the written vernaculars have always locked men up within their own cultural monad…(Culture Without Literacy, 1953)1
One of McLuhan’s ever-repeated points was that the modern world has relentlessly and irreversibly exposed every particular culture (here called “vernaculars”) to other cultures in both space and time. The most important effect of this exposure (the message of this transformation of medium) has been to force reconsideration of everything that had previously been accepted only because it was not known to be potentially variable.
There is a close parallel, or parallels, between this social process and the process of individual education. Both require a sometimes difficult reconfiguration as they are exposed to new information. Digestion must be achieved that may or may not be successful. Indeed, complete success in digestion is doubtless not possible, or even conceivable, for entities which are irretrievably finite in multiple ways — unless ‘complete success’ is seen to implicate, somehow, a lack of completion.2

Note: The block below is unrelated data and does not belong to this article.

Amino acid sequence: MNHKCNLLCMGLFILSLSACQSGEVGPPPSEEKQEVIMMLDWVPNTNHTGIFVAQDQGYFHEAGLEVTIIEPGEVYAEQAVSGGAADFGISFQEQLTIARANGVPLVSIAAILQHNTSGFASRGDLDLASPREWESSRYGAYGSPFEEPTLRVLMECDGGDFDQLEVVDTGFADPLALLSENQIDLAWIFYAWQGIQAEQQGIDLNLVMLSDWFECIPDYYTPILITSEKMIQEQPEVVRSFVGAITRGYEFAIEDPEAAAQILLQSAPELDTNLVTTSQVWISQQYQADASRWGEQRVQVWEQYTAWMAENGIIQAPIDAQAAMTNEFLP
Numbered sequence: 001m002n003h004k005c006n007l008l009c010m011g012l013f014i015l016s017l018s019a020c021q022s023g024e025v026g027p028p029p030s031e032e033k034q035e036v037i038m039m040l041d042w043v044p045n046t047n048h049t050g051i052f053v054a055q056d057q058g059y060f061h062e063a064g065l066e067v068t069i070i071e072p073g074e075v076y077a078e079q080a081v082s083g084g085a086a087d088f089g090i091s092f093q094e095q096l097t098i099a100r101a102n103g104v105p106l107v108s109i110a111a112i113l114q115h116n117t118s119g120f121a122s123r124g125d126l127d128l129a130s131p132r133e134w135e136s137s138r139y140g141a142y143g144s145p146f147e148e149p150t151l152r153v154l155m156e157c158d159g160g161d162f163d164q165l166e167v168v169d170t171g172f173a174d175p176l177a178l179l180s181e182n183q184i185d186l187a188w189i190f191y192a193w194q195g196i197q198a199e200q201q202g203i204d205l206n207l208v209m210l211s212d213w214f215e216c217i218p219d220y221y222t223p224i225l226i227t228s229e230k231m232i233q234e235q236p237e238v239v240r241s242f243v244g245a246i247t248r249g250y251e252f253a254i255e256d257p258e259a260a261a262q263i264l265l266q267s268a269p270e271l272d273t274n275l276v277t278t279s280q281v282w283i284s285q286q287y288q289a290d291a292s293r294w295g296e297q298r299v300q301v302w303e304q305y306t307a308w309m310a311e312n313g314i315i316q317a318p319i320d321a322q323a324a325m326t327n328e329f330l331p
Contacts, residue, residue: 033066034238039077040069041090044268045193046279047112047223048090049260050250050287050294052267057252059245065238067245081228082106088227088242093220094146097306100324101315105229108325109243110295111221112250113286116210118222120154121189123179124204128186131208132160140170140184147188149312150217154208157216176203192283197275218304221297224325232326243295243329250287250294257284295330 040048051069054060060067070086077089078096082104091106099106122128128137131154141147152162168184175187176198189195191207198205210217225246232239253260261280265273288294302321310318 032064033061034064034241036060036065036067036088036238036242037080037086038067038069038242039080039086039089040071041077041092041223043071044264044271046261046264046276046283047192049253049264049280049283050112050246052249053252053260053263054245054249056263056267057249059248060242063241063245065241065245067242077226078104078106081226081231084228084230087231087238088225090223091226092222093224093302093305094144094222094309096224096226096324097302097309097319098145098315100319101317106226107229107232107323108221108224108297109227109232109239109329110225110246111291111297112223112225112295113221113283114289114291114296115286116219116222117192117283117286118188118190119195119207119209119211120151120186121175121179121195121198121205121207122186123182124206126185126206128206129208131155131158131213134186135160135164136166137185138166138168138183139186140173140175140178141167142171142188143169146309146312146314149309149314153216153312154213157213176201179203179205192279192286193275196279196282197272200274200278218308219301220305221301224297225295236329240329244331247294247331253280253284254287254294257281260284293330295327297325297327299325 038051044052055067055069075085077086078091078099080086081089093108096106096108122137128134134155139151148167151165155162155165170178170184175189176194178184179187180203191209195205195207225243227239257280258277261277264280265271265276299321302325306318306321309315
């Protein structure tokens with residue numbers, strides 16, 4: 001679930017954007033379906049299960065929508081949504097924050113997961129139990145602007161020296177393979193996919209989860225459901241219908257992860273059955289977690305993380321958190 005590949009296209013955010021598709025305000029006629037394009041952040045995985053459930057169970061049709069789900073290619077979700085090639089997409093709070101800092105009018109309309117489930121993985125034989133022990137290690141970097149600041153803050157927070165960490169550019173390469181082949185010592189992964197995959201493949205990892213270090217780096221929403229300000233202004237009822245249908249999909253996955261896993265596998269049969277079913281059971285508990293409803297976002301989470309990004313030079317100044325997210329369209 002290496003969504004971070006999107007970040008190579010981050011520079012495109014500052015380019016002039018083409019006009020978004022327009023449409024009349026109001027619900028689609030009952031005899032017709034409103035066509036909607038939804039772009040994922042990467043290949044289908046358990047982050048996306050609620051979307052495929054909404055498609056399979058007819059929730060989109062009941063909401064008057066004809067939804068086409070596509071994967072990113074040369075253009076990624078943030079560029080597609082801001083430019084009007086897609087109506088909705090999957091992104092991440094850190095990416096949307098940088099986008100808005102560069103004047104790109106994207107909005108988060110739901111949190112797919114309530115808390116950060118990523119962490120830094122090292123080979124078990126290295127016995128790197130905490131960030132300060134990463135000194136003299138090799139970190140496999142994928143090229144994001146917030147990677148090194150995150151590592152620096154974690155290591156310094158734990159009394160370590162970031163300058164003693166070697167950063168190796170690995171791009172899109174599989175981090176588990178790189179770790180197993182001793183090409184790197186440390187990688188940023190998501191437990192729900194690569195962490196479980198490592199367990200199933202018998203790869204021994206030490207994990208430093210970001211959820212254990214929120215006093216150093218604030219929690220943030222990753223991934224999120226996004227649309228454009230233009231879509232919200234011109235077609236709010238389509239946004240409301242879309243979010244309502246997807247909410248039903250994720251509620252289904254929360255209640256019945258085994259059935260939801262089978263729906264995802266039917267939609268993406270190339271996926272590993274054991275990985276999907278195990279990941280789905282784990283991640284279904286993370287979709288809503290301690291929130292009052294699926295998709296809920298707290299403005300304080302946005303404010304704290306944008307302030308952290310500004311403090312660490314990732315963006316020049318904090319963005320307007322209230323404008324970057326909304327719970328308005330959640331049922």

The great perennial relevance of this parallel lies in the fact that the social digestion required for peace and even survival must doubtless first be achieved in the simpler individual form.
In fact, this process has already long been brought along by individuals like Plato or Confucius in ways we can hardly hope to emulate.
It would seem that we have two tasks. First, to retrieve what Plato and others have achieved by attempting to digest their digestion. Hard enough! But then, second, to work at what Plato and his great fellow thinkers have not been able to achieve, namely, the ignition of a successful social digestion incorporating that individual digestion.